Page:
Thursday, February 11, 2010


Advocates Speak Out for Gaile Owens

Channel 5 News featured a story last night about the status of Gaile Owens' case and the increasing number people who support the commutation of her sentence. Owens, who is facing execution for the 1985 murder of her husband, was convicted and sentenced to death though the jury never heard testimony about the abuse she suffered or that she was willing to plead guilty for a life sentence. Because her attorneys believed that she would plead guilty, they spent only 2 hours preparing for her trial.

As more people are becoming familiar with the problems in this case, more people are speaking out for clemency. In particular, advocates for victims of domestic violence are publicly commenting on Gaile's situation, noting the lack of resources and help available for abused women at the time of her husband's murder.

It may be three or four weeks before the Tennessee Supreme Court rules on her case. At that time, either the Court will set an execution date or commute her sentence. The Governor has said that he will not get involved until the courts have completed their process.

TADP will keep you informed of the latest developments and provide you with actions to take once the Court rules.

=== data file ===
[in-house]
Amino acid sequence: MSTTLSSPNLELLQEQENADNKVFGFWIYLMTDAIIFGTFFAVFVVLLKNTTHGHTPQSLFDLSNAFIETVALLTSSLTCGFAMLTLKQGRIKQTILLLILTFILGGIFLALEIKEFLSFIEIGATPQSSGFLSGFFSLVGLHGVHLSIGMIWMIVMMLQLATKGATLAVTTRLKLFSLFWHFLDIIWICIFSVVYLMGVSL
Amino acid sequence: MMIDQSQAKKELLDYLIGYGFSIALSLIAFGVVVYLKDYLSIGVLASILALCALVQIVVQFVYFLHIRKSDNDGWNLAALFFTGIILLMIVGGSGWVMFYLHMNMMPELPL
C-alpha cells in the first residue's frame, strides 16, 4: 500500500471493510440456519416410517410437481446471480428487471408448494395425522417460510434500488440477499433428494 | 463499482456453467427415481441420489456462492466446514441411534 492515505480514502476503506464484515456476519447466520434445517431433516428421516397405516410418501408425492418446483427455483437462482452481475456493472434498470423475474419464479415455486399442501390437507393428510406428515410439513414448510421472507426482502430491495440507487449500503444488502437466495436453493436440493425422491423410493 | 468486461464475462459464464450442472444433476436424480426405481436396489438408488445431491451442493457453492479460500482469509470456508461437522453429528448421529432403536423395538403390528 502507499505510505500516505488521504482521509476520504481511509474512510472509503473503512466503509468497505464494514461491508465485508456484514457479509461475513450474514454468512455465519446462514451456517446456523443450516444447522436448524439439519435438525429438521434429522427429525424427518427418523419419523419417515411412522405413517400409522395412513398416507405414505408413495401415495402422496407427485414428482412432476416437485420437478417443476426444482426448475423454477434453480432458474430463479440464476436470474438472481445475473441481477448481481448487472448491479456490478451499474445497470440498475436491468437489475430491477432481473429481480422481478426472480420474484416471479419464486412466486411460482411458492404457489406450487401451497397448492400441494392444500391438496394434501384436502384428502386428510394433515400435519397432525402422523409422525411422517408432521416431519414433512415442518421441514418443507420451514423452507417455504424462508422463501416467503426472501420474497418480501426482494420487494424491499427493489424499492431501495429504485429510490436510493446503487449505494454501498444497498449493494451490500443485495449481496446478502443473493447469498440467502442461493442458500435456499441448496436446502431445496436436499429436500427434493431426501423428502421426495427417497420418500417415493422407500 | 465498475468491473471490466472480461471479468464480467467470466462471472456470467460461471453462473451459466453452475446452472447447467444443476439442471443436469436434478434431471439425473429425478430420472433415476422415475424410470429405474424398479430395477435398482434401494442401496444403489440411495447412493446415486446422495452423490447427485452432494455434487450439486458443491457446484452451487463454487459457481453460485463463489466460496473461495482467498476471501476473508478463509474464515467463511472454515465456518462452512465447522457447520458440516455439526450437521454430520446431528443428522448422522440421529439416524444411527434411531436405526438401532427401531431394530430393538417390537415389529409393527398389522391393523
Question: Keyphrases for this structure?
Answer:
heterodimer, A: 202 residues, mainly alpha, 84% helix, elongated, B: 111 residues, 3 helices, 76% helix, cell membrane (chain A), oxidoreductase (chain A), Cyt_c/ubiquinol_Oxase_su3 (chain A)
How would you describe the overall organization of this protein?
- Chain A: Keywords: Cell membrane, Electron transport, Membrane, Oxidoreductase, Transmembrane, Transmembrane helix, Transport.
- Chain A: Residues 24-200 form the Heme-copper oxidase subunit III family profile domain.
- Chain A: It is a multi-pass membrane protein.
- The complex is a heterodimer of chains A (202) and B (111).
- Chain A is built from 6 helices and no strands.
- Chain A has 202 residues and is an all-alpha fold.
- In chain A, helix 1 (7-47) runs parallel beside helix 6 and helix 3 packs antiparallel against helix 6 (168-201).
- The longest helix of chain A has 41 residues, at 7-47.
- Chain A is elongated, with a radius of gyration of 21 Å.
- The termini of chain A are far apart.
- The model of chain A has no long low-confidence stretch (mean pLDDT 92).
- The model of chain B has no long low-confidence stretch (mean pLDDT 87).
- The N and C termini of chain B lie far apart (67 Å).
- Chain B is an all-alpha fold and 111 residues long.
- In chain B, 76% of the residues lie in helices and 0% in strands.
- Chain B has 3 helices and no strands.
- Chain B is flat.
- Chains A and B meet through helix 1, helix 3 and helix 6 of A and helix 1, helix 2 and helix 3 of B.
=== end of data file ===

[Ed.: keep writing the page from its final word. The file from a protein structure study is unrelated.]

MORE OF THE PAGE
See the Channel 5 story here.
Comments :
By hiring someone, she ruined another life--you guys need to consider that in your calculus.

By the way, guys, what do these six animals deserve?
My dad was actually the foreman of the jury in this trial, and if he was still living he would be glad to see that justice was carried out by her being put to death!!
No one is disputing that this was a terrible crime and that great pain and hurt has been the result of Gaile Owens' actions, not even Gaile Owens who was willing to go to prison for life for what she did. However, I don't understand how anyone serving on a jury in which someone's life hangs in the balance would not want or need all the necessary facts before making that kind of decision. It seems unfair that any juror would be denied key evidence that might result in a sentence of less than death. Sadly, the jury in this case did not have all of the facts. Of course, I cannot speak for any juror, but if we are a society that believe in fairness and due process, the lack of critical information in any case strikes me as great cause for concern. Additionally, the fact that in nine similar Tennessee cases over the past 25 years, not one of the women received a death sentence, except Gaile Owens, is problematic. Six of the defendants in these cases received full probation or early parole and the others are eligible for parole. If the death penalty is not to be arbitrary or disproportional, then there a big problem in the case of Gaile Owens.
If the foreman on the jury would be happy a death was carried out after finding out that the jury made a decision without key facts I would have to question his morals, ethics and ability to properly serve as a foreman.
Yeah...the jury foreman was a punk ass biattch..that got his own death sentence
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